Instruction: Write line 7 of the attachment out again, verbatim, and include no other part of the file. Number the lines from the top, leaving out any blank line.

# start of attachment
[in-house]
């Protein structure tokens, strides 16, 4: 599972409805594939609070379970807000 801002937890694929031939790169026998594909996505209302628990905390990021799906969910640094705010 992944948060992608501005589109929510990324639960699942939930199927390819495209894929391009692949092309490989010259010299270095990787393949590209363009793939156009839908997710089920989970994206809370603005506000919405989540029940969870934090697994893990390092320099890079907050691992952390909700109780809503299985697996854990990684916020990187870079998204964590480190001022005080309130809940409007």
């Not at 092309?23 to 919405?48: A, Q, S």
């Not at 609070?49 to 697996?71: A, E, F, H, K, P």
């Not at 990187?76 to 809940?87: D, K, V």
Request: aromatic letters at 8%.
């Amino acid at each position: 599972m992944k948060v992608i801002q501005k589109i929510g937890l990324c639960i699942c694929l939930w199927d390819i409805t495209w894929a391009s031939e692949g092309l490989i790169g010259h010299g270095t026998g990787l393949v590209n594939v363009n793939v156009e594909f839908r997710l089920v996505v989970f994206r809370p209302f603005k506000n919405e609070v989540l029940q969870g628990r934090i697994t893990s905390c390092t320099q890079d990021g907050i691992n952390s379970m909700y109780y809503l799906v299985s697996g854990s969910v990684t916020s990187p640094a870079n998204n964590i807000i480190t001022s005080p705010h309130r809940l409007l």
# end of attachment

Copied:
């Amino acid at each position: 599972m992944k948060v992608i801002q501005k589109i929510g937890l990324c639960i699942c694929l939930w199927d390819i409805t495209w894929a391009s031939e692949g092309l490989i790169g010259h010299g270095t026998g990787l393949v590209n594939v363009n793939v156009e594909f839908r997710l089920v996505v989970f994206r809370p209302f603005k506000n919405e609070v989540l029940q969870g628990r934090i697994t893990s905390c390092t320099q890079d990021g907050i691992n952390s379970m909700y109780y809503l799906v299985s697996g854990s969910v990684t916020s990187p640094a870079n998204n964590i807000i480190t001022s005080p705010h309130r809940l409007l």